Wine in China : When did you come into contact with the consumption market of America and China?
François Non: My family has always been devoted to the promotion of Cru Bourgeois. My uncle Jean Nony was one of the founders of Association de Promotion des Crus Bourgeois du Medoc in 1962. I started to manage family business in 1997. In 2004, I started to explore the American wine market. In the first few years, our market share grew rapidly, but the American market collapsed due to the economic crisis after 2006, while the Chinese market started to rise since that time. Therefore, from 2008, we began to explore the Chinese market seriously.
Wine in China : How do you view the recession of the American market and the rise of the Chinese market?
François Non: Actually the American market is still growing by year though in a much slower pace, but it remains our biggest export market. The growth speed of the Chinese market is stunning us. While it is only the third year for the Association de Promotion des Crus Bourgeois to come to China for promotion, the sales value of Crus Bourgeois wines has increased by 330%. By far, 167 wines among the newly released 260 wines of Crus Bourgeois 2010 has entered the Chinese market. I am pretty confident that the scale of the Chinese market will go far ahead of that of America.
Wine in China : What’s the major similarity and difference between the two markets?
François Non: The biggest similarity between the two markets lies in the fact that both markets are big in scale and consist of a lot of sub-markets based on regions. The potential consumer base is huge , therefore, both markets has enormous long-term potential.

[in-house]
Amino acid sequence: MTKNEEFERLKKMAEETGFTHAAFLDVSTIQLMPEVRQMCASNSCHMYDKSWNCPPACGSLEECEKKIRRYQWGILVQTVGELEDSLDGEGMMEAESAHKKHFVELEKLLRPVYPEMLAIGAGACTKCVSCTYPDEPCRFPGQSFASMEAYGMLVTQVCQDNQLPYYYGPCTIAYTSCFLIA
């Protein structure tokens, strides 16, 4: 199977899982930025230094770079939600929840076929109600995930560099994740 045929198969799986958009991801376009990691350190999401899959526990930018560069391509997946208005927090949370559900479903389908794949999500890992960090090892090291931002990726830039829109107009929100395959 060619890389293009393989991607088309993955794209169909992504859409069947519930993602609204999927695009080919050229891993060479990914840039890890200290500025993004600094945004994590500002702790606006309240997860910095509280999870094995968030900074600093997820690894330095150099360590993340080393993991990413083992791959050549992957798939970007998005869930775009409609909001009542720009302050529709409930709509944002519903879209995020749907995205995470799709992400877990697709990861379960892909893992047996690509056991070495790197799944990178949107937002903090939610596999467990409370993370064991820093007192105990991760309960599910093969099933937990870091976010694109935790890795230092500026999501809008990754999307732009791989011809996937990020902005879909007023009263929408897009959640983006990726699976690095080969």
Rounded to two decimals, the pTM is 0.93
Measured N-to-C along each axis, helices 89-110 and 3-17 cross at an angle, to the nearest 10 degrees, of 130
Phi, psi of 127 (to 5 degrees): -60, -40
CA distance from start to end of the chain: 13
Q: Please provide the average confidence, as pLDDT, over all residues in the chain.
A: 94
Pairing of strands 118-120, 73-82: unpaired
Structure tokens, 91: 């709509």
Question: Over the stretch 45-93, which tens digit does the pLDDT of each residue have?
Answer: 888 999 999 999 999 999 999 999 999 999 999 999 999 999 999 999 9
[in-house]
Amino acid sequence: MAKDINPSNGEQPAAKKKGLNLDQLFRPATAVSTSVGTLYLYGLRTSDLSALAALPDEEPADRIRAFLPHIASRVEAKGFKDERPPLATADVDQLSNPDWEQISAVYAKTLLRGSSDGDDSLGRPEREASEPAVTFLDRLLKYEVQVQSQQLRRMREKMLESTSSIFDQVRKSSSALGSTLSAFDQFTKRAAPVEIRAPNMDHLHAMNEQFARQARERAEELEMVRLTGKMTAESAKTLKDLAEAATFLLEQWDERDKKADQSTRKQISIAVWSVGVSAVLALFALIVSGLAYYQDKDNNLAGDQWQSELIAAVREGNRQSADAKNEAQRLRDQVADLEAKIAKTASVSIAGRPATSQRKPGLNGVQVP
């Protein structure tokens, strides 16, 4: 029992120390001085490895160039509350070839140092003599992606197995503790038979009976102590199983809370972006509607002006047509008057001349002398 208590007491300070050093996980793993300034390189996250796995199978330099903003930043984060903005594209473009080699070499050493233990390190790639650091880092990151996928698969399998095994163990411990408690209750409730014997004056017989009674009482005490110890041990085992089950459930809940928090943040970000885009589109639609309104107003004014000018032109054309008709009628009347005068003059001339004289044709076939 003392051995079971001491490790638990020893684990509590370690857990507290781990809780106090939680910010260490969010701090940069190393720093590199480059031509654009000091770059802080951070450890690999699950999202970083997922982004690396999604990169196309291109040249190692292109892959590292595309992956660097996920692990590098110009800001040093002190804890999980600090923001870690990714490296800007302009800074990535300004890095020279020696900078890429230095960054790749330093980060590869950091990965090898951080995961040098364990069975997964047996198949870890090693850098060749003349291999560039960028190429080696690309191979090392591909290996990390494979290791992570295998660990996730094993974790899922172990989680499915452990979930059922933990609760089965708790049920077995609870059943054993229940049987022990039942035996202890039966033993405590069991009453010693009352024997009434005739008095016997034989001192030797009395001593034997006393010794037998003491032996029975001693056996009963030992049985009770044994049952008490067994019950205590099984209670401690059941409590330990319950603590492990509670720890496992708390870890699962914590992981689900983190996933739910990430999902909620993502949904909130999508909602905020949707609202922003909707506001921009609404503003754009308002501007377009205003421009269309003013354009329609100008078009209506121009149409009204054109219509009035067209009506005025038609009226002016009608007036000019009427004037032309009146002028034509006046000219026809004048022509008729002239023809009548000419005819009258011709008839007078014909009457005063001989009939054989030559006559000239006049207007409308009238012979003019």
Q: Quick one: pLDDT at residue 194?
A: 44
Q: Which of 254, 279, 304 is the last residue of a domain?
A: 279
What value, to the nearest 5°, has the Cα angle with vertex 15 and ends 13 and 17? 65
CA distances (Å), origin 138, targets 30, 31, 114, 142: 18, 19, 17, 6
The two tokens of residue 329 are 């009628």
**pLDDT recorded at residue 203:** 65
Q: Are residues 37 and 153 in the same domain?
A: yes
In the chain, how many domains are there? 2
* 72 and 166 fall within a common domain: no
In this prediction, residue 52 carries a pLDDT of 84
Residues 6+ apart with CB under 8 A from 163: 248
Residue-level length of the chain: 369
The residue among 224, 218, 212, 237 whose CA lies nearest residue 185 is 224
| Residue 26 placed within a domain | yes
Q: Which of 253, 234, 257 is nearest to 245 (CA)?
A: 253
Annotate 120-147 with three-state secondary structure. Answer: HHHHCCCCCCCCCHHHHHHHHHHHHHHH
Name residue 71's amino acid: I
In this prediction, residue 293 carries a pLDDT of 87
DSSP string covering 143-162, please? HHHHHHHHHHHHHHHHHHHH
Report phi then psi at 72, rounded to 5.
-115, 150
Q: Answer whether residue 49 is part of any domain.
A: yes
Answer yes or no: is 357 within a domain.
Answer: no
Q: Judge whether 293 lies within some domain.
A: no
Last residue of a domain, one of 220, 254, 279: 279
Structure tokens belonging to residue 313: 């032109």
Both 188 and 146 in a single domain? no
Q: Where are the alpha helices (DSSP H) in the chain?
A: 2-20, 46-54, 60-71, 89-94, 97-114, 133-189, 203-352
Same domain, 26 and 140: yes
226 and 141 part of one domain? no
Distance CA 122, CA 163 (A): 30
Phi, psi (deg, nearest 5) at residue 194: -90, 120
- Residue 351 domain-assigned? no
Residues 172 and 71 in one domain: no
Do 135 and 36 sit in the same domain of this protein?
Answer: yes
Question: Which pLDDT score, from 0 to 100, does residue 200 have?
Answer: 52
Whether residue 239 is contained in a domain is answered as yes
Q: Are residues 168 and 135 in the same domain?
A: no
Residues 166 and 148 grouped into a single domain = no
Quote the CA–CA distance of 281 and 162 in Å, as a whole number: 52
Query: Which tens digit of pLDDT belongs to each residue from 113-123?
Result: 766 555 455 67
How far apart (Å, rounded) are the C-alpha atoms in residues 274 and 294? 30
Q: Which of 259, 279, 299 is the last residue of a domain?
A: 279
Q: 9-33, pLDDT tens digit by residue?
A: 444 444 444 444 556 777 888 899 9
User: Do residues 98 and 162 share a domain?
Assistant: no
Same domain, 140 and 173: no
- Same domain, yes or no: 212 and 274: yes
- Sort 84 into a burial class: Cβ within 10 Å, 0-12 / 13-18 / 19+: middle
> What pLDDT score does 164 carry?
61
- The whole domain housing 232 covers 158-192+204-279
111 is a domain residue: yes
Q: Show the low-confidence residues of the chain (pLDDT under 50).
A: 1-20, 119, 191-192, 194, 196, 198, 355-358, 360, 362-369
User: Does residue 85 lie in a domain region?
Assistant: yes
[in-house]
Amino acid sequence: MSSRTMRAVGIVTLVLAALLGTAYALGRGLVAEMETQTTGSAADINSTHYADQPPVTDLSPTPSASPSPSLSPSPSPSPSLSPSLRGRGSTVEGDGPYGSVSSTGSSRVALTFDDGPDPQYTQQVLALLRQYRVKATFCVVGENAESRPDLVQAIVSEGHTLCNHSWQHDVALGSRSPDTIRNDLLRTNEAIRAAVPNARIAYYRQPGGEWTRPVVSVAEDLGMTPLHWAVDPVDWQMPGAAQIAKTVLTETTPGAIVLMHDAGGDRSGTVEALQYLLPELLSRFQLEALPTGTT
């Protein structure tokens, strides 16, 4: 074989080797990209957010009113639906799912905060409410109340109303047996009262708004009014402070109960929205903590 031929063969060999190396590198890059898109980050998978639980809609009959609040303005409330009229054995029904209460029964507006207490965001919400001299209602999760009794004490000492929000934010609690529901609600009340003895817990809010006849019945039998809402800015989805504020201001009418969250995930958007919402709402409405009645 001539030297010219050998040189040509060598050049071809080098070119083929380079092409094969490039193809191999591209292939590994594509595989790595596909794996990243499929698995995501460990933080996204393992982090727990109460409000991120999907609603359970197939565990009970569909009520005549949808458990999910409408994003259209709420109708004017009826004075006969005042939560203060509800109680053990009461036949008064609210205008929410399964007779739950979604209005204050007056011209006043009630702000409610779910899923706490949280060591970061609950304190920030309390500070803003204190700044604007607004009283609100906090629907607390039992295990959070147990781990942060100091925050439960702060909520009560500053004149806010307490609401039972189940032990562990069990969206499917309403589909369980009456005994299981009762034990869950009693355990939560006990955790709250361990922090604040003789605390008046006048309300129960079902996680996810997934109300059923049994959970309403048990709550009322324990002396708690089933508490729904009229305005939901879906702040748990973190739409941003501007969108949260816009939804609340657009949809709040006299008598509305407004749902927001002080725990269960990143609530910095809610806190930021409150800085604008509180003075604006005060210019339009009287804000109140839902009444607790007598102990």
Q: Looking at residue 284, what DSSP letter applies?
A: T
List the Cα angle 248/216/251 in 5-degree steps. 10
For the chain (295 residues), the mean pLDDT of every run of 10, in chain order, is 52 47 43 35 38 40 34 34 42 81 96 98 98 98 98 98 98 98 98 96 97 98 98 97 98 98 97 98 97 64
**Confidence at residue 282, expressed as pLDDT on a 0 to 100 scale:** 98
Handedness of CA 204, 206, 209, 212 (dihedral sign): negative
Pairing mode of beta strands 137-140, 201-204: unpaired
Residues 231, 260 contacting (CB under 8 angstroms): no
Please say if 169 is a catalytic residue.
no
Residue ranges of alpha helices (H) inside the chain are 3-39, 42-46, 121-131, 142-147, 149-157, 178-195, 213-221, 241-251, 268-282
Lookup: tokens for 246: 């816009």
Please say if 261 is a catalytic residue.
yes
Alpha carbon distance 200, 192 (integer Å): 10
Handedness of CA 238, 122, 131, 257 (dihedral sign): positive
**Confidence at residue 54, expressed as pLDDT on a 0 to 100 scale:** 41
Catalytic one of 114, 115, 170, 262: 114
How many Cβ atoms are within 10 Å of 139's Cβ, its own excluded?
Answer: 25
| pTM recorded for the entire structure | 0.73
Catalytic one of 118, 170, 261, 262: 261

But the consumption habits and the constitution are different. America had two major consumption groups: the postwar Baby Boomers with a big population and the young under the age of 35. The former drink on a daily basis, who tend to accept cheaper wines, while the latter drink wine with a low frequency with more willing to try high-quality and expensive wines.
In general, the consumers in China tend to be the second group. Besides, China has a bigger population advantage. The per capita wine consumption in China is just 1/4 of that in America, while the sales volume has reached half of that in America. Viewed from a long term, the potential of the Chinese market is undoubtedly much stronger than that of America.
We have also noticed that the transition from drinking beer to wine among Chinese consumers is much faster than among American consumers. In another word, the Chinese consumers are much quicker in accepting new products.
Wine in China : What are the biggest obstacles that you have encountered in these two countries?
François Non: The three tire system has always been a strong resistance for us to enter American market. Also the fierce competition between traditional distributors and e-retailers is also a big problem. Besides, the loyalty of the American consumers towards a certain product is extremely low, as a result, we have to constantly look for new clients to make up for the loss of ole clients. The golden era of wine in the U.S. was between 1996 to 2006. As the Subprime mortgage crisis broke out and two main commercial powers stepped down the stage, there was a surplus of wine store on the market, which has made our work extremely difficult. Now wine companies all over the globe are starting to focus on the emerging Asian market.
In China, the most tricky problem is that there are five distributing systems coexisting, the traditional distributor, direct distribution, e-commerce, gift giving and selling through the social network. Our main concern is which distribution system will stand out.